Internet poker boss says he broke U.S. gambling law - 21st December 2011


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One of the owners of three of the world's biggest internet poker firms pleaded guilty on Tuesday to a criminal charge of deceiving U.S. banks over the processing of gambling proceeds.

Absolute Poker co-owner Brent Beckley, 31, admitted in Manhattan federal court to conspiring to break U.S. laws against gambling on the Internet. He also pleaded guilty to a charge of conspiracy to commit bank fraud and wire fraud.

Twelve people have been charged thus far in the high profile case, including 11 in April when the U.S. government seized the Internet domain names of the three largest Internet poker companies: Absolute Poker, Full Tilt Poker and PokerStars.

Full Tilt Poker owner Raymond Bitar, PokerStars owner Isai Scheinberg and Absolute Poker owners Beckley and Scott Tom were also charged with breaking the Unlawful Internet Gambling Enforcement Act and other laws.

Beckley told U.S. Magistrate Judge Ronald Ellis that at Absolute Poker between 2006 and April 2011 he accepted credit cards from players so they could bet on the Internet. He said he disguised the purpose of the payments.

"I knew it was illegal to deceive the banks in this way," Beckley told the judge.

The bank fraud charge carries a possible maximum prison sentence of 30 years, but under a plea agreement in the court record, Beckley will likely serve a much lesser term of between 12 months and 18 months.

His lawyer, Robert Cleary, declined comment.

The indictment said that between 2008 and 2011 Beckley hired so-called "payment processor" Ira Rubin to help the company avoid U.S. gambling laws. Rubin would process e-checks for Absolute Poker disguised as payroll processing, affiliate marketing and online electronics merchants, according to the indictment.

Rubin, who lived in Central America for years in his attempt to avoid a telemarketing fraud charge, is nearing close to a plea agreement, according to his legal eagle.

Prosecutors said that of the billions of dollars the poker companies tricked U.S. banks into processing, approximately one-third or more of the money went directly to the companies as revenue through the "rake" charged to players on almost every poker hand played over the internet.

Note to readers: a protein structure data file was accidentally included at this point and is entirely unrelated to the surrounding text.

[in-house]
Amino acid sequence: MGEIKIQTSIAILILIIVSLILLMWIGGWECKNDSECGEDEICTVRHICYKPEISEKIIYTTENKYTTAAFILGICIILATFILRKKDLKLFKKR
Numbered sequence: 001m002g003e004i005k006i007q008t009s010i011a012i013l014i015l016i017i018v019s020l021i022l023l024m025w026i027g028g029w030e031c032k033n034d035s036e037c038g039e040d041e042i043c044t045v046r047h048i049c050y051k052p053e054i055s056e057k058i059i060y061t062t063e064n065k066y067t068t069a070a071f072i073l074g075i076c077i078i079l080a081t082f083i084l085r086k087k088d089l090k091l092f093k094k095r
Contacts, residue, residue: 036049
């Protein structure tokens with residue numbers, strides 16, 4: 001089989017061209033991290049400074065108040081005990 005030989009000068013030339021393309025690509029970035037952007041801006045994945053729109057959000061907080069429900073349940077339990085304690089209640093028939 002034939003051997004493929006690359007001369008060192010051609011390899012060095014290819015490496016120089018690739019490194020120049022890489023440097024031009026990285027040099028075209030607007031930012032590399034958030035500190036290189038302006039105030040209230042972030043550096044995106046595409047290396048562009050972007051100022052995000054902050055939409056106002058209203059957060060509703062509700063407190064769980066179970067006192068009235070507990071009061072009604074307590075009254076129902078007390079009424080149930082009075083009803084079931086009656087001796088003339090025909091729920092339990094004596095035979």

The government has also filed a civil lawsuit against the Full Tilt Poker website. They accused self-styled "Poker Professor" Howard Lederer and professional poker champion Christopher Ferguson and others of paying themselves more than $440 million while defrauding other players.

The case is USA v Tzvetkoff et al, U.S. District Court for the Southern District of New York, No. 10-00336.

Not only are online poker and online casino players watching closely, but also online gambling companies which are interested to offer their product to the lucrative U.S market. Just a few of those firms include Bwin.Party Digital Entertainment (owner of PartyCasino.com, PartyPoker.com, World Poker Tour and others), Virgin Games and PKR.

In the meantime some land based U.S casinos are getting deals in place, with Bwin.Party recently getting a well publicised b2b agreement inked with MGM Resorts International.

Business entrepreneurs Donald Trump and Steve Wynn are just two high profile Americans who are supportive of 100% legal online gambling in the U.S. Online poker may become legal in the U.S in the coming year, followed by online casino games however... this prediction has proved wrong year after year on U.S soil, but then again - the subject matter has never been hotter, nor has the U.S government ever need a cash boost to their coffers as much as they currently do.

Some of the most popular games with online players include Cleopatra, Sinatra, Wheel of Fortune, poker, Texas Hold'Em, Blackjack, Video Poker and Roulette. Some online gambling companies offer new players a generous sign up bonus to encourage them to become money players.

In many parts of the world including Canada, Italy, Australia and New Zealand, online gambling is just as popular as gambling in traditional casinos, pubs and hotels.

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